Top 10 Schools Listed as Incoming Kindergarten Students’ First Choice in 2016
Swigert International School — 188 students listed it as their #1 choice
Escalante-Biggs Academy — 130 students
William “Bill” Roberts K-8 School — 125 students
Odyssey School of Denver — 105 students
Highline Academy Northeast — 105 students
High Tech Elementary School — 102 students
Park Hill Elementary School — 99 students
Brown International Academy — 99 students
Slavens K-8 School — 86 students
STRIVE Prep – Ruby Hill — 85 students

Top 10 Schools Listed as Incoming 6th Grade Students’ First Choice in 2016
McAuliffe International School — 411 students listed it as their #1 choice
DSST: Green Valley Ranch — 351 students
Denver School of the Arts — 328 students
Kunsmiller Creative Arts Academy — 267 students
DSST: College View — 253 students
DSST: Byers — 199 students
Skinner Middle School — 198 students
STRIVE Prep – Westwood — 197 students
DSST: Stapleton — 191 students
Denver Center for International Studies — 157 students

Top 10 Schools Listed as Incoming 9th Grade Students’ First Choice in 2016
East High School — 669 students listed it as their #1 choice
South High School — 295 students
Northfield High School — 207 students
CEC Early College — 202 students
George Washington High School — 174 students
Denver School of the Arts — 165 students
Kunsmiller Creative Arts Academy — 162 students
DSST: Green Valley Ranch — 155 students
STRIVE Prep – SMART — 155 students
Dr. Martin Luther King, Jr. Early College — 154 students

So how many students get into their first-choice school? District data from last year provides a percentage of students in each transition grade.

Percentage of Transition Grade Students Who Got their First-Choice School in 2016
Kindergarten — 86 percent
6th Grade — 80 percent
9th Grade — 87 percent


Colorado schools are getting a major bump in the state’s 2018-19 budget

Students waiting to enter their sixth-grade classroom at Kearney Middle School in Commerce City. (Photo by Craig Walker, The Denver Post)

Colorado’s strong economy has opened the door for state lawmakers to send a major cash infusion to the state’s public schools.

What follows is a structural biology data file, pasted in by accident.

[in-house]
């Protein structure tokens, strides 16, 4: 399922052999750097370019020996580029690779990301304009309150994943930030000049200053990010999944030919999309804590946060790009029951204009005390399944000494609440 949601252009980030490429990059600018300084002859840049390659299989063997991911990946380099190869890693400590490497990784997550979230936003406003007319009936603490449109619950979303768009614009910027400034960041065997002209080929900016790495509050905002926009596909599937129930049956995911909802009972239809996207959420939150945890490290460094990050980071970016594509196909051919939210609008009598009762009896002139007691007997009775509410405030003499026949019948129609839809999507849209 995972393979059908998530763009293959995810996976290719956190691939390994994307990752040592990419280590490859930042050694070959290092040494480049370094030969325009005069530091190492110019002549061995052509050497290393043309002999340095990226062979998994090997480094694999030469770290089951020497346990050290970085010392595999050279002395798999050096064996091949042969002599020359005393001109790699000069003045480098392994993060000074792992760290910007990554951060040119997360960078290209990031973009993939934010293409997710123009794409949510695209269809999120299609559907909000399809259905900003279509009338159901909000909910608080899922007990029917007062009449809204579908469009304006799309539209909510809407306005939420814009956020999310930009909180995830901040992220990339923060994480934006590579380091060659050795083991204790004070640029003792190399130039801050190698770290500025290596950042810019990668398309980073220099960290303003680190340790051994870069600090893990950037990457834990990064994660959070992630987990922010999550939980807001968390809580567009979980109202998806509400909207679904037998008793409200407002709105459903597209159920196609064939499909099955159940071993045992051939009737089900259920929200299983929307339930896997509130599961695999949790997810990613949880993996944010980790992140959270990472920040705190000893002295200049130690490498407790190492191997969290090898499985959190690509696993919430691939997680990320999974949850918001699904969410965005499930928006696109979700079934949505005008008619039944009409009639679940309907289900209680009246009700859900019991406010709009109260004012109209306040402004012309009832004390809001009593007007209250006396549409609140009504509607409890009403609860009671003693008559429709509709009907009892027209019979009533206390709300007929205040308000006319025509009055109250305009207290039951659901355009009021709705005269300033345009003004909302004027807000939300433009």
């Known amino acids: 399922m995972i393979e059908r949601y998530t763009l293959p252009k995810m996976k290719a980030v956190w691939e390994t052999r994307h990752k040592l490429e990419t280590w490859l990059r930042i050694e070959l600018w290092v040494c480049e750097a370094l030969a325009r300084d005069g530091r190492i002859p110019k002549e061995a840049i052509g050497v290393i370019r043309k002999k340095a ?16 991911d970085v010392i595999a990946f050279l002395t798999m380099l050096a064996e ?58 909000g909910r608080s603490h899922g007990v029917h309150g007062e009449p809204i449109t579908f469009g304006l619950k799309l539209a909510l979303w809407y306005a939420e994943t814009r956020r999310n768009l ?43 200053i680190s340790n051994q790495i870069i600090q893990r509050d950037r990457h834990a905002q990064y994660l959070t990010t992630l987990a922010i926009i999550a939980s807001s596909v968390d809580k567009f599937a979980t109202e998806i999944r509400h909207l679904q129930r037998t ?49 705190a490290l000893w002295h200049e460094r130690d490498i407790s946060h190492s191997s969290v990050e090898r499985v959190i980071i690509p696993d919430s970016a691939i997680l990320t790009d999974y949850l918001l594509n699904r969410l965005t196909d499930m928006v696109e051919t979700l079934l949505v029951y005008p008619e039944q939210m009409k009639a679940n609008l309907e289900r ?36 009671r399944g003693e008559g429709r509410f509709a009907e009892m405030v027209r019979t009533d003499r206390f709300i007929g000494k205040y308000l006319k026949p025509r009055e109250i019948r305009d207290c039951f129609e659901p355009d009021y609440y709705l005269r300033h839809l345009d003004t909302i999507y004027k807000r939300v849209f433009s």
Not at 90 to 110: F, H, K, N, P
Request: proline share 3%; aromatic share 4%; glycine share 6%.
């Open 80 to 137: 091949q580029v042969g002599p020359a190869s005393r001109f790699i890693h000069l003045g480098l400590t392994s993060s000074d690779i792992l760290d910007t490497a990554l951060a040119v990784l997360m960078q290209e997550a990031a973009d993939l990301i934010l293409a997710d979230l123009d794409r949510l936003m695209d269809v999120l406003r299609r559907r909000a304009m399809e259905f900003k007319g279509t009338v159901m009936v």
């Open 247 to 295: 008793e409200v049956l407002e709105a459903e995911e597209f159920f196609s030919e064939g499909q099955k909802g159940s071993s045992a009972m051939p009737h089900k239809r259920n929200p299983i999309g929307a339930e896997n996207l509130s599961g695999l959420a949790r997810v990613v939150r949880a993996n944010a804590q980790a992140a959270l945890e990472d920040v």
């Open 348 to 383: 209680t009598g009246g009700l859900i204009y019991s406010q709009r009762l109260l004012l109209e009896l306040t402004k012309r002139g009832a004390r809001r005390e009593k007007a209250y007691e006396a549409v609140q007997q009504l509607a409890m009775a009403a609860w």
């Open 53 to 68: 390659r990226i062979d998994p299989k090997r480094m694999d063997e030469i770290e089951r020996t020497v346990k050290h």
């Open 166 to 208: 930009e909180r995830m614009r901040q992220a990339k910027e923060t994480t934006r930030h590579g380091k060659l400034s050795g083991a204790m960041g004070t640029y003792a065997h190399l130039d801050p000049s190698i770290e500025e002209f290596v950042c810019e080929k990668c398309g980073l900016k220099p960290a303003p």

As they finalized the recommended budget for 2018-19, the Joint Budget Committee set aside $150 million, an additional $50 million beyond what Democratic Gov. John Hickenlooper had asked for, to increase funding to schools.

“We believe this is the most significant reduction in what used to be called the negative factor since it was born,” said state Rep. Millie Hamner, the Dillon Democrat who chairs the Joint Budget Committee.

Colorado’s constitution calls for per pupil spending to increase at least by inflation every year, but the state hasn’t been able to meet that obligation since the Great Recession. The amount by which schools get shorted, officially called the budget stabilization factor, is $822 million in 2017-18. Under state law, this number isn’t supposed to get bigger from one year to the next, but in recent years, it hasn’t gotten much smaller either. 

But a booming economy coupled with more capacity in the state budget created by a historic compromise on hospital funding last year means Colorado has a lot more money to spend this year. In their March forecast, legislative economists told lawmakers they have an extra $1.3 billion to spend or save in 2018-19.

The recommended shortfall for next year is now just $672.4 million. That would bring average per-pupil spending above $8,100, compared to $7,662 this year.

Total program spending on K-12 education, after the budget stabilization factor is deducted, should be a little more than $7 billion, with the state picking up about $4.5 billion and the rest coming from local property taxes.